Living in the rural area I do is torture when it comes to dining out. There's nothing but burgers, pizzas, and burritos as far as the eye can see. We have very few ethnic restaurants (and they're rarely authentic). This is probably because most of the locals here haven't been exposed to great ethnic cuisine, and couldn't care less about it. I, on the other hand, have traveled quite a lot and know exactly what I'm missing. There are times I go insane because I'm craving some kind of food that's not available to me unless I drive three-and-a-half hours to Seattle.
Take Indian food, for example.
I love good Indian cuisine, mostly because it's an excitingly exotic option with plenty of choices for we vegetarians. Eggplant bharta with peas served over rice with a side of naan (Indian flatbread) is one of my most favorite dishes ever, and yet it simply doesn't exist here.
We finally got a decent Thai restaurant last year (Mai Lee Thai in East Wenatchee), a passable Sushi Bar with veggie options (Wasabi Sushi Bar also in East Wenatchee), and have a surprisingly good Vietnamese place that's been around a while (Cuc Tran Cafe in Wenatchee). We also have a fantastic South American restaurant, which is one of my absolute favorites (South in Leavenworth).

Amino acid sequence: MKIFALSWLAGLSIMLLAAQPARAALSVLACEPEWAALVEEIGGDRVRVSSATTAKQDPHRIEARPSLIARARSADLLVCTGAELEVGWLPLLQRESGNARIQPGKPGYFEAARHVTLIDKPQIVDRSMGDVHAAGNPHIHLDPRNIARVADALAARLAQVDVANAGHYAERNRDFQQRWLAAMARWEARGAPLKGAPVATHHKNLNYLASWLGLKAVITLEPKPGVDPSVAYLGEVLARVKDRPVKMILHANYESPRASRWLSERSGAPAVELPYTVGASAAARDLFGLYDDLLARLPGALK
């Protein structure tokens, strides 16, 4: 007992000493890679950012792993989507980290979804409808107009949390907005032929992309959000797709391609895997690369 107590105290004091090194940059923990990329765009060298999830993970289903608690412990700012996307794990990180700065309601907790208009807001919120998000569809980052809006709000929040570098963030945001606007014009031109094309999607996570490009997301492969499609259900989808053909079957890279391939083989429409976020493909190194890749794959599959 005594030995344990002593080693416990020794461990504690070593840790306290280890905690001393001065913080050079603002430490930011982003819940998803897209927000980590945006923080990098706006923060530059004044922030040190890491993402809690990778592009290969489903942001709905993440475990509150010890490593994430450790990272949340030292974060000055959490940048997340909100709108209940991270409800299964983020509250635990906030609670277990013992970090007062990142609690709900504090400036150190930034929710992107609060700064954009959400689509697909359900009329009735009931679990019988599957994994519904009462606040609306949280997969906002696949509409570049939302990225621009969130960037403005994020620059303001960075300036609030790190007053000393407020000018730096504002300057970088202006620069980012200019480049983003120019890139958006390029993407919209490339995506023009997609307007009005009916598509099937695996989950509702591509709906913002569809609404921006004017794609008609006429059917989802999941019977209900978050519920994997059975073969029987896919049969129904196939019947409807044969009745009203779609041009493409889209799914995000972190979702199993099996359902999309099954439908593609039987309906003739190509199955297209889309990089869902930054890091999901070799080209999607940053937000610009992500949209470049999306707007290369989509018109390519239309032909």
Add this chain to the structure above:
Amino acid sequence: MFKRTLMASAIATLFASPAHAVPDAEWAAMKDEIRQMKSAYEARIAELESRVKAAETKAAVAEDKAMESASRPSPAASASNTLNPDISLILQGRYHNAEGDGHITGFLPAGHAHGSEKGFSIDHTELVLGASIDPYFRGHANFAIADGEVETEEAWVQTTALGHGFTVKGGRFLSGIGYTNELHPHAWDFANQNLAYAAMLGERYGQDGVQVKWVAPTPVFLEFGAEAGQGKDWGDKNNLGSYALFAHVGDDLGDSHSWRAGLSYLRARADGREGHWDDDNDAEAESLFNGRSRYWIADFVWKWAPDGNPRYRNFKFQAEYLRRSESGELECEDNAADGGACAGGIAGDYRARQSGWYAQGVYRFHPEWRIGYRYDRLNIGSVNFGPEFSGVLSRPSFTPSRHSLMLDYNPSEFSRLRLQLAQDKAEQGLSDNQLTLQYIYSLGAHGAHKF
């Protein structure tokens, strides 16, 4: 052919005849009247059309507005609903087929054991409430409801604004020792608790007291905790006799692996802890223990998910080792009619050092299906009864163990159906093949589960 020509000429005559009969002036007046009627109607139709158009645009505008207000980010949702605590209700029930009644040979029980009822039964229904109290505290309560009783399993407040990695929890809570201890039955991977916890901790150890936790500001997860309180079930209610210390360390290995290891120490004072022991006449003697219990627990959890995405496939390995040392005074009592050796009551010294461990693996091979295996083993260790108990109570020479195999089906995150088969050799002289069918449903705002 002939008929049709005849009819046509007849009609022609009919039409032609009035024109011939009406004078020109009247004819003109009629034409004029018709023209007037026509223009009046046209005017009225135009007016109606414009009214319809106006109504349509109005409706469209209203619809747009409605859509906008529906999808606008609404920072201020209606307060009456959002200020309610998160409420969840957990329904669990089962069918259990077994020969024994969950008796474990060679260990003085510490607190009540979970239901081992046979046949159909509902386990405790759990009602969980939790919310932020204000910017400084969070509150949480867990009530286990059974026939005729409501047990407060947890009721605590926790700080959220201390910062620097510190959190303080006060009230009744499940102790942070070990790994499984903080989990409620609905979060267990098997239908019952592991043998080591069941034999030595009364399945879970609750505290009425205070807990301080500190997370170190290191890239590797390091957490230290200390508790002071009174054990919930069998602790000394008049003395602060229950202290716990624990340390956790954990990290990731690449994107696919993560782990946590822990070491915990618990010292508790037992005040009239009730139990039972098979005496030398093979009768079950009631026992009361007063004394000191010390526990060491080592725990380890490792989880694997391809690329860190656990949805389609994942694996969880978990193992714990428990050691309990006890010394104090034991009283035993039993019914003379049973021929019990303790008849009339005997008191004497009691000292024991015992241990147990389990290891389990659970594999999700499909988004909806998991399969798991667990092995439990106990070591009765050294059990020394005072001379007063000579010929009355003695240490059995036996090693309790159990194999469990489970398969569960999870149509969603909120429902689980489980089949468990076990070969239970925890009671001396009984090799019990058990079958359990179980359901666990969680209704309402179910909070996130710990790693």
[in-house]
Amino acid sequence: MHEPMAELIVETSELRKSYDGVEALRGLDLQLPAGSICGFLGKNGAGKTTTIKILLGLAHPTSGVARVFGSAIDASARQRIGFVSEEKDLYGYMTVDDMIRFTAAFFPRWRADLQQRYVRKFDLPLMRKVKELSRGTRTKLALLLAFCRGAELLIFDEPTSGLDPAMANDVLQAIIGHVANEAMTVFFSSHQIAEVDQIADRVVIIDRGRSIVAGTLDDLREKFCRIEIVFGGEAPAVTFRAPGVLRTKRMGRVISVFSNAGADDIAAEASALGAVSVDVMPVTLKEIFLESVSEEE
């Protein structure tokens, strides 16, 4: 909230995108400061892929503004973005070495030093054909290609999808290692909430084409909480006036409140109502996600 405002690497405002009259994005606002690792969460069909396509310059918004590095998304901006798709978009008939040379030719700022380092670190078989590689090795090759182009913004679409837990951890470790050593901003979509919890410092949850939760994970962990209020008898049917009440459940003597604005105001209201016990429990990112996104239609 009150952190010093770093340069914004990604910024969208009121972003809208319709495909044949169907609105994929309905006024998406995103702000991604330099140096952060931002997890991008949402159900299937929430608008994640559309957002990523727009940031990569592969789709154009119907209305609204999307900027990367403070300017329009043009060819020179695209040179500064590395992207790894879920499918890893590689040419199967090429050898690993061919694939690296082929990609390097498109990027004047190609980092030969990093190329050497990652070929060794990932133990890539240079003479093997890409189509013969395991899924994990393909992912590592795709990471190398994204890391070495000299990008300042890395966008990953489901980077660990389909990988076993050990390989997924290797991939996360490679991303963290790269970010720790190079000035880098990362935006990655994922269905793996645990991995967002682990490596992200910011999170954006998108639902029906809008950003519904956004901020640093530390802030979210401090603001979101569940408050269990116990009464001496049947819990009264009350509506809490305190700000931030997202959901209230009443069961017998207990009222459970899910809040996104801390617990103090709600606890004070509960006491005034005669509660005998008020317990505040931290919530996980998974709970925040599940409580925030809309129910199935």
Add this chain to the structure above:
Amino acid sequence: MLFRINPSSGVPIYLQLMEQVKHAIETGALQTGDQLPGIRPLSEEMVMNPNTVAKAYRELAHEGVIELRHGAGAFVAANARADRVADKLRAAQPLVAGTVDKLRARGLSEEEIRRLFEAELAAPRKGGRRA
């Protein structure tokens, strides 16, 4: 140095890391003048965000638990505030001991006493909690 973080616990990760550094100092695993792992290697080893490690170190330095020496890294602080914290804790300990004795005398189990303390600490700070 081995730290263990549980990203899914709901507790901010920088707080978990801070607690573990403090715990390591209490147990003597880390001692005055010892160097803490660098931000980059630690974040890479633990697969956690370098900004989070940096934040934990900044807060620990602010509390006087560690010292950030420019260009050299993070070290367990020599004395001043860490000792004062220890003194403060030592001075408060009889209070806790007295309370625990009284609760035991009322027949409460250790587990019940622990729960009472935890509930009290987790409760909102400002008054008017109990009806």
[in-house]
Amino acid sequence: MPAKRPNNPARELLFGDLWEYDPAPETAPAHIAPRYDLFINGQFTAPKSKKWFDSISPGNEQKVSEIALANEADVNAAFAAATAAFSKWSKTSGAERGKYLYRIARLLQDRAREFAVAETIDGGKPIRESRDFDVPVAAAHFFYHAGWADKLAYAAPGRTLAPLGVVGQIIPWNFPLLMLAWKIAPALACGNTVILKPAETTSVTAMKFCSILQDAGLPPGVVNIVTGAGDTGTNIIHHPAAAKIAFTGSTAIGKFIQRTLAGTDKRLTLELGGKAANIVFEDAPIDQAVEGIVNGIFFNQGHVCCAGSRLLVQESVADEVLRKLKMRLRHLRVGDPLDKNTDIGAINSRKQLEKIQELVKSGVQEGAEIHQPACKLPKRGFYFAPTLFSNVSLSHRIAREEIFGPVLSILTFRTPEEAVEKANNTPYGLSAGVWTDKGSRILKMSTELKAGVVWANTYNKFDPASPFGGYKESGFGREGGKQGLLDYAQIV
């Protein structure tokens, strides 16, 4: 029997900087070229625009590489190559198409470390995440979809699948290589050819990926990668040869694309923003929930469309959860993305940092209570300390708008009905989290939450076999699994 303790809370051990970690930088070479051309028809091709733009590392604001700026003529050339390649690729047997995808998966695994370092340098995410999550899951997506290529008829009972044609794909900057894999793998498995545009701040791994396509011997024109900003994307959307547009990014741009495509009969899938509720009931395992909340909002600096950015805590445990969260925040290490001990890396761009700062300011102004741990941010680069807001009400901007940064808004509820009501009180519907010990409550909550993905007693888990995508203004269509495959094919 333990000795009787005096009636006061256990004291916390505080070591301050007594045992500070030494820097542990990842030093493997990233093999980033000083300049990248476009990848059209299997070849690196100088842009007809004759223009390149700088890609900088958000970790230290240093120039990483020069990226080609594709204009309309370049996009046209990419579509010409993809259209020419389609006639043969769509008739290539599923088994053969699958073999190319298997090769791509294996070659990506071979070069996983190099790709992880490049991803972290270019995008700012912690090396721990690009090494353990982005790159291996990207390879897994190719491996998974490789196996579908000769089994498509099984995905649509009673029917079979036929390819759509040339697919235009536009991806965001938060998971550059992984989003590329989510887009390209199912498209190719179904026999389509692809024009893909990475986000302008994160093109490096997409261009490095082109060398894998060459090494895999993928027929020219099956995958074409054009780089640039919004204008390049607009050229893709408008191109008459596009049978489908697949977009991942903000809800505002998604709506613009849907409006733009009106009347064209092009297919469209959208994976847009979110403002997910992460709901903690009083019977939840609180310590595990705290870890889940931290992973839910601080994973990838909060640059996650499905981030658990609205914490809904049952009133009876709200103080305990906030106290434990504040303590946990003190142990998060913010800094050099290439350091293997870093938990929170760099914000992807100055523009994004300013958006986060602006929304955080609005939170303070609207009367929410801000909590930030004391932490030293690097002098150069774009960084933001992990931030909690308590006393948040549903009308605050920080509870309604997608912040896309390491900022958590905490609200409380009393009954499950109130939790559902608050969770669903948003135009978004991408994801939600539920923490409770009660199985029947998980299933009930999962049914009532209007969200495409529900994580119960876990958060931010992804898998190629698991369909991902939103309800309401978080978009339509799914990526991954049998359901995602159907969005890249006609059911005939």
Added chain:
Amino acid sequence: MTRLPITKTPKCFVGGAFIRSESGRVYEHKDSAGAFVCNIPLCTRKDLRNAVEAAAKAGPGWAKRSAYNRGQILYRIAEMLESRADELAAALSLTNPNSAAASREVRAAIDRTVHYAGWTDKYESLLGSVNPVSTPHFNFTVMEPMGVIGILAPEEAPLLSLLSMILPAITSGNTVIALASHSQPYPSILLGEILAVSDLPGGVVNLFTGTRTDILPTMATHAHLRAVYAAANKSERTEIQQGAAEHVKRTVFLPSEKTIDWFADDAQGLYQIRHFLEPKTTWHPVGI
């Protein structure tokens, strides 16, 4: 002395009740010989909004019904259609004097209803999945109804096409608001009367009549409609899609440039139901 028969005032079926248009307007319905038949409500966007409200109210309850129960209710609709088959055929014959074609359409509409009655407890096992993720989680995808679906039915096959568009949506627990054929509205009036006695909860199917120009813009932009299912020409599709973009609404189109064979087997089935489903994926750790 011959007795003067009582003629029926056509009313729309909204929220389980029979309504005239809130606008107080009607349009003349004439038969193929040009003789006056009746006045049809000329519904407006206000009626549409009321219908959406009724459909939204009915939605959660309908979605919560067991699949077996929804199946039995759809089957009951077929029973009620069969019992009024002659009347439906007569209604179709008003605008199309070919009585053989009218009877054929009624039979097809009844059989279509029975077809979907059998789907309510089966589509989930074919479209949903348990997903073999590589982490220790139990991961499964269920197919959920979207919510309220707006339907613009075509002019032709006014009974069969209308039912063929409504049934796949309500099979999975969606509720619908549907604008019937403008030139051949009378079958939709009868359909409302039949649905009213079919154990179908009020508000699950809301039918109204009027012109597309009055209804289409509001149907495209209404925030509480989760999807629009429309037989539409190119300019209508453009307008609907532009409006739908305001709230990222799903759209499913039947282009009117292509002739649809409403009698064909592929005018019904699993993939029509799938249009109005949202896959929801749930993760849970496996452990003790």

And that's about it.
French? No. Tapas? No. Moroccan? No. Tex-Mex? No. Greek/Mediterranean? No. Tibetan? No. Cajun? No. Creole? No. Mongolian? Kind of. Italian? Yes, but I have yet to find any Italian food here that I actually enjoy (I once ordered Fettucini Alfredo and got a plate of watery noodles with bacon on top). As for a vegetarian restaurant? BWAH HA HA HAAA HA!!
So when I say that I ended up having a bowl of Cocoa Puffs and a tub of chocolate pudding for dinner at 9:00pm because nothing else sounded good... now you know why.
There's only so much pizza and burritos you can eat.
Cocoa Puffs and chocolate pudding, however, are forever.